There are many iconic birds and mammals in the Highlands such as golden eagles, black grouse, red deer and otters. There is one bird that is not only one of the most iconic but also a migrant as it leaves our shores in the Autumn and spends the winter way off in Africa. It is the famous osprey and, rather unexpectantly, it is one of the earliest of the many migrants to return to nest here. Last year, for example, the first migrant I saw was not a sand martin or swallow I had deliberately gone to Loch Flemington to see but a lone and magnificent osprey circling rather ominously over a fish farm in Strathnairn. Looking at the earliest dates for the return of the ospreys in the annual bird reports from the Highlands in the last three years have been 22nd March, 21st March and 19th march.
This year the first date I heard was from the renowned Loch Garten nesting site where the first bird back touched down on the nest at just after 6.00 pm on 27th March. The fascinating aspect of such records is that most of the birds at such famous sites are ringed with colour coded rings apart from the usual metal ones. This means with a reasonable view the individual birds can be recognised. Staff at Osprey Centre were overjoyed to find it was EJ, named after her ring letters, and ready to face her 11th year in the Cairngorms. As soon as EJ landed she started to re-arrange nest material and scraping a nest cup which is a sure sign of her intentions. Fortunately the RSPB staff had just installed a camera at the nest in time for people to see the event on line. Last year when I was there they were expecting EJ to lay another egg and when I got back home I switched the computer on to find she had laid the egg just after I had left the centre. Such are the advantages of modern technology! As for EJ she, and for that matter the staff at the centre, are hoping that her partner last year, called Odin, will soon be joining her. Keep looking at the website for the latest news.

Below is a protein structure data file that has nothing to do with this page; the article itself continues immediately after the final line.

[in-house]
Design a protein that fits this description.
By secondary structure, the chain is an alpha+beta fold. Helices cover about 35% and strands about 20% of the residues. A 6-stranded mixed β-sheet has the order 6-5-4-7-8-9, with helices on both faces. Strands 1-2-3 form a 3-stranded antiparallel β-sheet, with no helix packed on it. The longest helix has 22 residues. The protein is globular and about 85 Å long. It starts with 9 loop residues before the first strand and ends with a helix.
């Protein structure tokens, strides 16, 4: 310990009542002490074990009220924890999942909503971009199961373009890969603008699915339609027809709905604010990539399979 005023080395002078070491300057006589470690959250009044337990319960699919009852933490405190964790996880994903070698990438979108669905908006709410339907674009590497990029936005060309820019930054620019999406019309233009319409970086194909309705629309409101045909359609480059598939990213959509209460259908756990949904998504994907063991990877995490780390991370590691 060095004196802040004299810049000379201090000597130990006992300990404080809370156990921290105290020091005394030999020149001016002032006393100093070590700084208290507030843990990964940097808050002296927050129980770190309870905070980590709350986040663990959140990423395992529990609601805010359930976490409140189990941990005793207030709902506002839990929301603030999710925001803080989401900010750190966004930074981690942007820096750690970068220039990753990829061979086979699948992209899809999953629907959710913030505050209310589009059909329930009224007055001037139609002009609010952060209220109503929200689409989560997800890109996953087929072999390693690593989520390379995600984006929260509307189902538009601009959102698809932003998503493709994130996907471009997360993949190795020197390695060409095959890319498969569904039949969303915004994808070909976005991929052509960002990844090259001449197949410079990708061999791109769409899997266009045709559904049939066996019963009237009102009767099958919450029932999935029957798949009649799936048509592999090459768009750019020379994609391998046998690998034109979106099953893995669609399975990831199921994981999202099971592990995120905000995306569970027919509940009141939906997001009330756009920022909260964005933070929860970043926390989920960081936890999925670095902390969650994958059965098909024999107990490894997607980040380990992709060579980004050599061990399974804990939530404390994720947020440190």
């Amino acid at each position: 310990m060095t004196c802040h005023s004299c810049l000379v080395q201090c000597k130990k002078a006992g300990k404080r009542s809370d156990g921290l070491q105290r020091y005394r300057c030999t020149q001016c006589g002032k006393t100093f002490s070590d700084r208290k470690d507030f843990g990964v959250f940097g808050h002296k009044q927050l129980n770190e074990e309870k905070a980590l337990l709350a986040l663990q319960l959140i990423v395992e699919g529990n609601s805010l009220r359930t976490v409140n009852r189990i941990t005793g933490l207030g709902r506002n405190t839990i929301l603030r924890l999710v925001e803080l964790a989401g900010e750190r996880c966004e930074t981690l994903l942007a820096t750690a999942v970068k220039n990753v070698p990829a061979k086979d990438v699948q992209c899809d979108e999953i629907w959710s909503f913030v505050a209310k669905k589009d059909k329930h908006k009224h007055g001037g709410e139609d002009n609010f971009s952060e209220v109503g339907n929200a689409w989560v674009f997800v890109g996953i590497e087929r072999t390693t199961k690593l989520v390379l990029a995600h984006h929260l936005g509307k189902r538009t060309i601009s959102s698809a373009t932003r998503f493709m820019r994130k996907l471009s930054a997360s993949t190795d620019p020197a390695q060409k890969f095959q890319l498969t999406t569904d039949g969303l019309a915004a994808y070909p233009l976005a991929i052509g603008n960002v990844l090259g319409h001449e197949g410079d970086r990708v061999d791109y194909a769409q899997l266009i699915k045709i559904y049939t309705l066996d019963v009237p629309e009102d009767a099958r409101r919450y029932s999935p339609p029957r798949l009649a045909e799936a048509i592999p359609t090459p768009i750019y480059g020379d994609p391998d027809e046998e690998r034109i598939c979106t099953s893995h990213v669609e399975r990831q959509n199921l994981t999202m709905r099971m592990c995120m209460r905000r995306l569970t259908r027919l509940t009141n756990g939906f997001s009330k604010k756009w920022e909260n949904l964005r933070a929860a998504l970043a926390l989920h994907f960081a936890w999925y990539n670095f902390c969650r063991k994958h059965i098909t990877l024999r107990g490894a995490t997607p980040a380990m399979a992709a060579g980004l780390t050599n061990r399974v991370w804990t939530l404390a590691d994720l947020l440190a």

Meanwhile at another osprey site at a Centre that is getting to be as well known as Loch Garten, the first osprey had also arrived back. She was at the Scottish Wildlife Trust Reserve and Centre at the Loch of the Lowes Reserve near Dunkeld. The osprey is called Lady, the oldest breeding female osprey recorded in the UK. This 27 years old bird of prey immediately saw off another female, a young bird, that attempted to land on her nest. Perhaps it is a sign of Lady’s age and experience that the intruder did not even put up a short rebellion but left. Lady started to dig at the old nest and taking out grass that had grown over the winter and re-arranging some sticks. The male arrived and they mated three times in the afternoon so the low temperatures were not affecting their routine. Lady is amazing as she has lived three time longer than an average osprey. In her lifetime she has laid 64 eggs with 49 going on to hatch and successfully fledge from the nest. A record by any standards. The male is called Laddie and is Lady’s fourth. Interestingly, whilst other birds of prey such as the sea eagle and the red kite had to be re-introduced, the ospreys did it on their own. Perhaps the most successful conservation story of recent times, perhaps ever.